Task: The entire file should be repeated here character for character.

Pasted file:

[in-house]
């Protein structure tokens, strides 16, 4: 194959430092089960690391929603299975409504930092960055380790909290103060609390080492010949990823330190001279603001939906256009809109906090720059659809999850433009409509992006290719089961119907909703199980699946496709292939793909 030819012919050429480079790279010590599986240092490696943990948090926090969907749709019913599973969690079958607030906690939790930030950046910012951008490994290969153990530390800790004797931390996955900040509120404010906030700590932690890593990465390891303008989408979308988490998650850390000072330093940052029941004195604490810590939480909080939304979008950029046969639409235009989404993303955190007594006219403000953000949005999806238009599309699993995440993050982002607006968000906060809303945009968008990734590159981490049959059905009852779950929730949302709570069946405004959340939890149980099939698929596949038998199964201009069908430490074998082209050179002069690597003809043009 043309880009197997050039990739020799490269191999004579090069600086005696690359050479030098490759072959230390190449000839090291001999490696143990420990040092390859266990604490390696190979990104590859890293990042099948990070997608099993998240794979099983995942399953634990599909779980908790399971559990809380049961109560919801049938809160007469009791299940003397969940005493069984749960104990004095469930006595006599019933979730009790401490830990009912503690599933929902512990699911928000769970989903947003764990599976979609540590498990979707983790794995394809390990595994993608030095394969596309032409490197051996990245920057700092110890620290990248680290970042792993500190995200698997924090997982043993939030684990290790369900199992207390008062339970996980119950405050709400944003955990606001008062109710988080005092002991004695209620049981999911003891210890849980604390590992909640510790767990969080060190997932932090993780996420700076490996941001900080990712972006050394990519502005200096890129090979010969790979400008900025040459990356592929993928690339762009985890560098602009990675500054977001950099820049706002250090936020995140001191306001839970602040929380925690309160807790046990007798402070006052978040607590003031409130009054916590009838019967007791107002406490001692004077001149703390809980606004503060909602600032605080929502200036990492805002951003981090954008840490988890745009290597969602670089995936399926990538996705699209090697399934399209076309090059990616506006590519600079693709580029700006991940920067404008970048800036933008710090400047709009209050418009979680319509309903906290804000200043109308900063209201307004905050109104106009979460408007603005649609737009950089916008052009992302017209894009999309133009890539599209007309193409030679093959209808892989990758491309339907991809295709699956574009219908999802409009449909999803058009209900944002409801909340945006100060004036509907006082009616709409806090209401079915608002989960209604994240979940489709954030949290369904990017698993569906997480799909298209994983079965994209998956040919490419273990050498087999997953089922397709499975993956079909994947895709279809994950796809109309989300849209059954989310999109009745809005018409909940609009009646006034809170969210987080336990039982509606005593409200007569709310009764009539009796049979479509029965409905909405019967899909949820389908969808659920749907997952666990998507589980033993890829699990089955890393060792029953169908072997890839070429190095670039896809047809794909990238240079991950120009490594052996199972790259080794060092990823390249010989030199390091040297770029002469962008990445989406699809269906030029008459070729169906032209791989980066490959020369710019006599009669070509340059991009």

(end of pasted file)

[in-house]
């Protein structure tokens, strides 16, 4: 194959430092089960690391929603299975409504930092960055380790909290103060609390080492010949990823330190001279603001939906256009809109906090720059659809999850433009409509992006290719089961119907909703199980699946496709292939793909 030819012919050429480079790279010590599986240092490696943990948090926090969907749709019913599973969690079958607030906690939790930030950046910012951008490994290969153990530390800790004797931390996955900040509120404010906030700590932690890593990465390891303008989408979308988490998650850390000072330093940052029941004195604490810590939480909080939304979008950029046969639409235009989404993303955190007594006219403000953000949005999806238009599309699993995440993050982002607006968000906060809303945009968008990734590159981490049959059905009852779950929730949302709570069946405004959340939890149980099939698929596949038998199964201009069908430490074998082209050179002069690597003809043009 043309880009197997050039990739020799490269191999004579090069600086005696690359050479030098490759072959230390190449000839090291001999490696143990420990040092390859266990604490390696190979990104590859890293990042099948990070997608099993998240794979099983995942399953634990599909779980908790399971559990809380049961109560919801049938809160007469009791299940003397969940005493069984749960104990004095469930006595006599019933979730009790401490830990009912503690599933929902512990699911928000769970989903947003764990599976979609540590498990979707983790794995394809390990595994993608030095394969596309032409490197051996990245920057700092110890620290990248680290970042792993500190995200698997924090997982043993939030684990290790369900199992207390008062339970996980119950405050709400944003955990606001008062109710988080005092002991004695209620049981999911003891210890849980604390590992909640510790767990969080060190997932932090993780996420700076490996941001900080990712972006050394990519502005200096890129090979010969790979400008900025040459990356592929993928690339762009985890560098602009990675500054977001950099820049706002250090936020995140001191306001839970602040929380925690309160807790046990007798402070006052978040607590003031409130009054916590009838019967007791107002406490001692004077001149703390809980606004503060909602600032605080929502200036990492805002951003981090954008840490988890745009290597969602670089995936399926990538996705699209090697399934399209076309090059990616506006590519600079693709580029700006991940920067404008970048800036933008710090400047709009209050418009979680319509309903906290804000200043109308900063209201307004905050109104106009979460408007603005649609737009950089916008052009992302017209894009999309133009890539599209007309193409030679093959209808892989990758491309339907991809295709699956574009219908999802409009449909999803058009209900944002409801909340945006100060004036509907006082009616709409806090209401079915608002989960209604994240979940489709954030949290369904990017698993569906997480799909298209994983079965994209998956040919490419273990050498087999997953089922397709499975993956079909994947895709279809994950796809109309989300849209059954989310999109009745809005018409909940609009009646006034809170969210987080336990039982509606005593409200007569709310009764009539009796049979479509029965409905909405019967899909949820389908969808659920749907997952666990998507589980033993890829699990089955890393060792029953169908072997890839070429190095670039896809047809794909990238240079991950120009490594052996199972790259080794060092990823390249010989030199390091040297770029002469962008990445989406699809269906030029008459070729169906032209791989980066490959020369710019006599009669070509340059991009």